Step 3: Stay in Touch

The job search world—especially in certain industries—is small. So offering some small pleasantries before you sign off is always a good idea. If you can reference something you discussed, like an event or conference you’re both attending, do so. Otherwise, you can make a simple mention that you wish this person all the best in the future.

  • I hope to see you next month at the conference we’re both attending.
  • It’s been a pleasure getting to know you, and I hope that we cross paths in the future.
  • Again, thank you for your time and support, and I wish you all the best.

Turning down a job offer—no matter how sure you are that you don’t want it—never feels great. But remember, it’s an inevitable part of starting the job of your dreams.

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How to Answer the 31 Most Common Interview Questions

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Here's the study guide for your next interview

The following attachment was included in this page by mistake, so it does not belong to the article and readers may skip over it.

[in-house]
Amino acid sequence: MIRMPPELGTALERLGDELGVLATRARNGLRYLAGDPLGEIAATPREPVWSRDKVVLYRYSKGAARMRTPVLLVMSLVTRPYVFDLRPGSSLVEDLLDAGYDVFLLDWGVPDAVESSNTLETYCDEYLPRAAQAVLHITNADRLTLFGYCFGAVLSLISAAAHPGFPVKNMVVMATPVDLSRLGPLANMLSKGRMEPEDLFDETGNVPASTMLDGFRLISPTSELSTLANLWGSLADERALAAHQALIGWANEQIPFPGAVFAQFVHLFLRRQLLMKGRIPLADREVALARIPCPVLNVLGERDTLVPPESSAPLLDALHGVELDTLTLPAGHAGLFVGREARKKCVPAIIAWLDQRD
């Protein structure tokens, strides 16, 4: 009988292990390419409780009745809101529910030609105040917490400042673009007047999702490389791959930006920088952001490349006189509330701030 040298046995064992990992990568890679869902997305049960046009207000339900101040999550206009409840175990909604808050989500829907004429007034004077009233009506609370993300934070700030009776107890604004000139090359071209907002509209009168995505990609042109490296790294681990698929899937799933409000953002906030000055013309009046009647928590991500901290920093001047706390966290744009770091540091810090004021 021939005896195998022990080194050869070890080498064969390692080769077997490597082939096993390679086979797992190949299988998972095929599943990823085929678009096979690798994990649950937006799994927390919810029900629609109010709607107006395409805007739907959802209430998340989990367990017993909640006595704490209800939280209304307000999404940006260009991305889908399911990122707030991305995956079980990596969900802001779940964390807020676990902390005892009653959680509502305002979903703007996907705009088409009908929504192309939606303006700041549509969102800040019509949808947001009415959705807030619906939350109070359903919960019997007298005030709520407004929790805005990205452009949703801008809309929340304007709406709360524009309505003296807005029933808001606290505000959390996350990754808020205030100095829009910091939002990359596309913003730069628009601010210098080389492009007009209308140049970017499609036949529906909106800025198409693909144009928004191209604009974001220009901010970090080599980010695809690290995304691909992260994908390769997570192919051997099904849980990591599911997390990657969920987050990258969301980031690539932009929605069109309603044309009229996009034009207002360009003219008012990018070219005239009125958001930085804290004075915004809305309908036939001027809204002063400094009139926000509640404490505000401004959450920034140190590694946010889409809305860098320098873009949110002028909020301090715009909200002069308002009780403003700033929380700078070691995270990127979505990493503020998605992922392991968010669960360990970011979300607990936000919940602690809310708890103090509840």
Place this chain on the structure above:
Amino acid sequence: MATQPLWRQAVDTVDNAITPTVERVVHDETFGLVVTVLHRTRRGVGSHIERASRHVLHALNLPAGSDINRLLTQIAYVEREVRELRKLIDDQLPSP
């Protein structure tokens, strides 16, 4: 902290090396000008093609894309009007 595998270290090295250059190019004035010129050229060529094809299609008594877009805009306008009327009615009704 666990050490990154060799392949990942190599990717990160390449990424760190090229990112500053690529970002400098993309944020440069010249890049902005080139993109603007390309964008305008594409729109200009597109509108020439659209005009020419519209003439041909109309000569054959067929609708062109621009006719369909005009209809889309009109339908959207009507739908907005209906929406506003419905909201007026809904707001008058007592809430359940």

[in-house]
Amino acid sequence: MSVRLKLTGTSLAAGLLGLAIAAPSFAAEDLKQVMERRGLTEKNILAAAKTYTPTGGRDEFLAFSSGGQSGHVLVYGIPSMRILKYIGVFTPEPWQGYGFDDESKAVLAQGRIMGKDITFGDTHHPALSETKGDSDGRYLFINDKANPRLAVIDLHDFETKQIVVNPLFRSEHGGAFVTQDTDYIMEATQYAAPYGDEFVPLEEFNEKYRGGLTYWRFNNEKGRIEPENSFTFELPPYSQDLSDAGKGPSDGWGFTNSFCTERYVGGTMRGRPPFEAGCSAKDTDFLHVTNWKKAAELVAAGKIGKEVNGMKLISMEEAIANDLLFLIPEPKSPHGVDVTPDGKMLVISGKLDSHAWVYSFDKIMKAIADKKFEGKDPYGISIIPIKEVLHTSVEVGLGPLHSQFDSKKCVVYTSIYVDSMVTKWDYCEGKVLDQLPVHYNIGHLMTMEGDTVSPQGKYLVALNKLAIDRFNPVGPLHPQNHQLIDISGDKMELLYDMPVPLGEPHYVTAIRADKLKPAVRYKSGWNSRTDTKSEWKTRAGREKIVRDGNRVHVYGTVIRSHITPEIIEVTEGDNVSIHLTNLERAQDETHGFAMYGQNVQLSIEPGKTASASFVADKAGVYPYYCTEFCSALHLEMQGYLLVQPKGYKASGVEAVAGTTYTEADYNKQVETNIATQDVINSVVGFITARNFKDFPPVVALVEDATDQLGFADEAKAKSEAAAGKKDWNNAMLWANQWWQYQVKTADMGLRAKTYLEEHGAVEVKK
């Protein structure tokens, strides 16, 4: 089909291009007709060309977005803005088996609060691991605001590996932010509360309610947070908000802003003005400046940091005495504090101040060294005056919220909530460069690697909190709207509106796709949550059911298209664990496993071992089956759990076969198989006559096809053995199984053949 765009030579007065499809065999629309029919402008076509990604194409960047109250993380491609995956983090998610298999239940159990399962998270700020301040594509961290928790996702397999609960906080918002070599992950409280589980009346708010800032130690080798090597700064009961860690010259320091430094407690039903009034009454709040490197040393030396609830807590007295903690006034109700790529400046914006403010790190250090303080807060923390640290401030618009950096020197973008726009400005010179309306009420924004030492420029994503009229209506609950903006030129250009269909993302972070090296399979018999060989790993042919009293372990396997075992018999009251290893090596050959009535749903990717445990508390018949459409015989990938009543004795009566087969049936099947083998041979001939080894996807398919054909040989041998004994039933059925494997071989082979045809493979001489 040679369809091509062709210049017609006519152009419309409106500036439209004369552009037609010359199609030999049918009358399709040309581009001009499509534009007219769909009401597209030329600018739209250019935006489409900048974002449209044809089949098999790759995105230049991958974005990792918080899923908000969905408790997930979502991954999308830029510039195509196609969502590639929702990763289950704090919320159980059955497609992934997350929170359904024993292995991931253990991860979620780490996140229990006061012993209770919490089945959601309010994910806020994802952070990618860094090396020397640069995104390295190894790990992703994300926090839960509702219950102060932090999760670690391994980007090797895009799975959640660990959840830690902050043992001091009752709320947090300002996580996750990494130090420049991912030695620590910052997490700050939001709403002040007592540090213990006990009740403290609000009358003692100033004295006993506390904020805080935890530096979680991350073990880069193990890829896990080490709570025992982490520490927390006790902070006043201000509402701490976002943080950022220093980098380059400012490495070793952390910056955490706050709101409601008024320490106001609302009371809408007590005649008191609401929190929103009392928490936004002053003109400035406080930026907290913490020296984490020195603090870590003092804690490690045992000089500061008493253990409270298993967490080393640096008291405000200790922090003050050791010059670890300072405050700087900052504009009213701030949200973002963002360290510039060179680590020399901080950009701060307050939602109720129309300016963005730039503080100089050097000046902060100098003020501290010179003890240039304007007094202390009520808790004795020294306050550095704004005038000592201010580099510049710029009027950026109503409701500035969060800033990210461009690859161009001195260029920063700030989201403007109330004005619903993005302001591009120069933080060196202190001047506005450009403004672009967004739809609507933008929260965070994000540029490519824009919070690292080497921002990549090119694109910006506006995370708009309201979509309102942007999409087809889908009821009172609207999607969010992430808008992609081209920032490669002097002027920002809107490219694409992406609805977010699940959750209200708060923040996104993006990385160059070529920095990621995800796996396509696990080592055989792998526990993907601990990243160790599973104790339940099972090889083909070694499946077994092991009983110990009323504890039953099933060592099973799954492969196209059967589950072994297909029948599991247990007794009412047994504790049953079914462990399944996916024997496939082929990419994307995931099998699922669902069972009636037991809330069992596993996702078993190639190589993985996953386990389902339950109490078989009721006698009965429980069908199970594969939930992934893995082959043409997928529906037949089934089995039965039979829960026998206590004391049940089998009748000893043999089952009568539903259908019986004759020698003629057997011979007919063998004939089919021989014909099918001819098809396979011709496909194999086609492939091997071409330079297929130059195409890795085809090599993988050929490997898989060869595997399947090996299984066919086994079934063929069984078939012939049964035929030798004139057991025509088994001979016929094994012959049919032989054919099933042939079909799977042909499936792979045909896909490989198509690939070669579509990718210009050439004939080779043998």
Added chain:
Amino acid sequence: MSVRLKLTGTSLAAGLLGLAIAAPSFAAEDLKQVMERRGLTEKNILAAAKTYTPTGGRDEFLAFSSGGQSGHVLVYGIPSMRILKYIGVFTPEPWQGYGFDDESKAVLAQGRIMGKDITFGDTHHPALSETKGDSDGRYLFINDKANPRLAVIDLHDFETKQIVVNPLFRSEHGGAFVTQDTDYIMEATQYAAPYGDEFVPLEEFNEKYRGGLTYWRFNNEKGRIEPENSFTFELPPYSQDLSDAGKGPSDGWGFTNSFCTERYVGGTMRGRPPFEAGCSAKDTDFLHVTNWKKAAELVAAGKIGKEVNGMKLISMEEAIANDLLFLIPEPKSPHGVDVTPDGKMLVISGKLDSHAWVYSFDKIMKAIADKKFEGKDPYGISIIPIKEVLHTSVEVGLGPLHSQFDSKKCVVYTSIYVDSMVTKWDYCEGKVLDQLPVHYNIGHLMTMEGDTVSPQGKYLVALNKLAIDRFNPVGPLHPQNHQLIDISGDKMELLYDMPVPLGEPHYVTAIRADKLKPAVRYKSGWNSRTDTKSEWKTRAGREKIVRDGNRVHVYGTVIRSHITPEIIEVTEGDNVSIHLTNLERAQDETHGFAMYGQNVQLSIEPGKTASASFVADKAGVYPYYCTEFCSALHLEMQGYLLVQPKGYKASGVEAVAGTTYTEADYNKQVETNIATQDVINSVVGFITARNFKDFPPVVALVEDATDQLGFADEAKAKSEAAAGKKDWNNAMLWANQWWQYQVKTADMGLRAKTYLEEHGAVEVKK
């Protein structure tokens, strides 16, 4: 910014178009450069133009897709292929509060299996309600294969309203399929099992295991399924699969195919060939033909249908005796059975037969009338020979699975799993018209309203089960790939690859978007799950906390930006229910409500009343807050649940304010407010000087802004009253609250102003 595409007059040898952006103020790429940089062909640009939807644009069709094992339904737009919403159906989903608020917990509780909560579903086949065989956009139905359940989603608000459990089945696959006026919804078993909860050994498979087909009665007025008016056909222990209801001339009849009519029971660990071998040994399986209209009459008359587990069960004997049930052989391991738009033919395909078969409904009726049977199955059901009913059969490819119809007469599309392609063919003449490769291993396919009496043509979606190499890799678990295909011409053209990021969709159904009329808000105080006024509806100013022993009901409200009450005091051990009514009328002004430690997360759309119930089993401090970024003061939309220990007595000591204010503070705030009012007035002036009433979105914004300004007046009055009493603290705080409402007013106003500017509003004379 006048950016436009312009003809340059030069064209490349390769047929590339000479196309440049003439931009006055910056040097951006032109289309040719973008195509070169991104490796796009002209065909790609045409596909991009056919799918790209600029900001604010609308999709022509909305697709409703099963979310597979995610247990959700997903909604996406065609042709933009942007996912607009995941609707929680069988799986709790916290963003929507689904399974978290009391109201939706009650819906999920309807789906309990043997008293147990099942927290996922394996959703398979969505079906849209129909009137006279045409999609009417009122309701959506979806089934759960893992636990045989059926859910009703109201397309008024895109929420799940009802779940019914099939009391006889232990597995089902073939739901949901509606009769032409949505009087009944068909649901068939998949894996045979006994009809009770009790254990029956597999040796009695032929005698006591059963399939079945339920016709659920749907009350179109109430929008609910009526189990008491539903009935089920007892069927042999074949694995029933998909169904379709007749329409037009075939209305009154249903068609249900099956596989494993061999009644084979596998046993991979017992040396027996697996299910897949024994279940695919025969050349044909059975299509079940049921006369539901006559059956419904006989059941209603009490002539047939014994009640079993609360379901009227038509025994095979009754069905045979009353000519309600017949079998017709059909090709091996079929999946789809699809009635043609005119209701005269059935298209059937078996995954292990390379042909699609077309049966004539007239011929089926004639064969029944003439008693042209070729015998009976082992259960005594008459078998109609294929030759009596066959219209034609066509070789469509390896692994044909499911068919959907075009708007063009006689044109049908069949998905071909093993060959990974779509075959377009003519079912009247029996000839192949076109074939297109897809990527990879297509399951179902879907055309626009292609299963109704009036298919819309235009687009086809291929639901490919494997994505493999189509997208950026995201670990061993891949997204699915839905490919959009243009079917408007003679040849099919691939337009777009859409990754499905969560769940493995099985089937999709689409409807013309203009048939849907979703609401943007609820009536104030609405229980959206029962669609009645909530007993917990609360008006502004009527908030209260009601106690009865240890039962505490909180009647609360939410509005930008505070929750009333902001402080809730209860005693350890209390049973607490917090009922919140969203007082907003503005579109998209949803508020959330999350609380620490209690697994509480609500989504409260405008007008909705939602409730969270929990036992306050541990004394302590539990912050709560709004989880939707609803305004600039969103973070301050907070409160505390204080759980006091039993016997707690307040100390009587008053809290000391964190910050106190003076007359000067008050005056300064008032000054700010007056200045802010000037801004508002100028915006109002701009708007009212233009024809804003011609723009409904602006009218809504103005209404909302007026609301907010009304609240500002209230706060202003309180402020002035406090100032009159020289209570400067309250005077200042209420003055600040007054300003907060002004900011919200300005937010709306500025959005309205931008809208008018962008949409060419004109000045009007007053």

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This post is in partnership with The Muse. The article below was originally published on The Muse.

Wouldn’t it be great if you knew exactly what a hiring manager would be asking you in your next interview?

While we unfortunately can’t read minds, we’ll give you the next best thing: a list of the 31 most commonly asked interview questions (and, of course, some expert advice on how to answer them).

While we don’t recommend having a canned response for every question (in fact, please don’t), we do recommend spending some time getting comfortable with what you might be asked, what hiring managers are really looking for in your responses, and what it takes to show that you’re the right man or woman for the job.

Consider this your interview study guide.

1. Can you tell me a little about yourself?

This question seems simple, so many people fail to prepare for it, but it’s crucial. Here’s the deal: Don’t give your complete employment (or personal) history. Instead give a pitch—one that’s concise and compelling and that shows exactly why you’re the right fit for the job. Start off with the 2-3 specific accomplishments or experiences that you most want the interviewer to know about, then wrap up talking about how that prior experience has positioned you for this specific role.

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2. How did you hear about the position?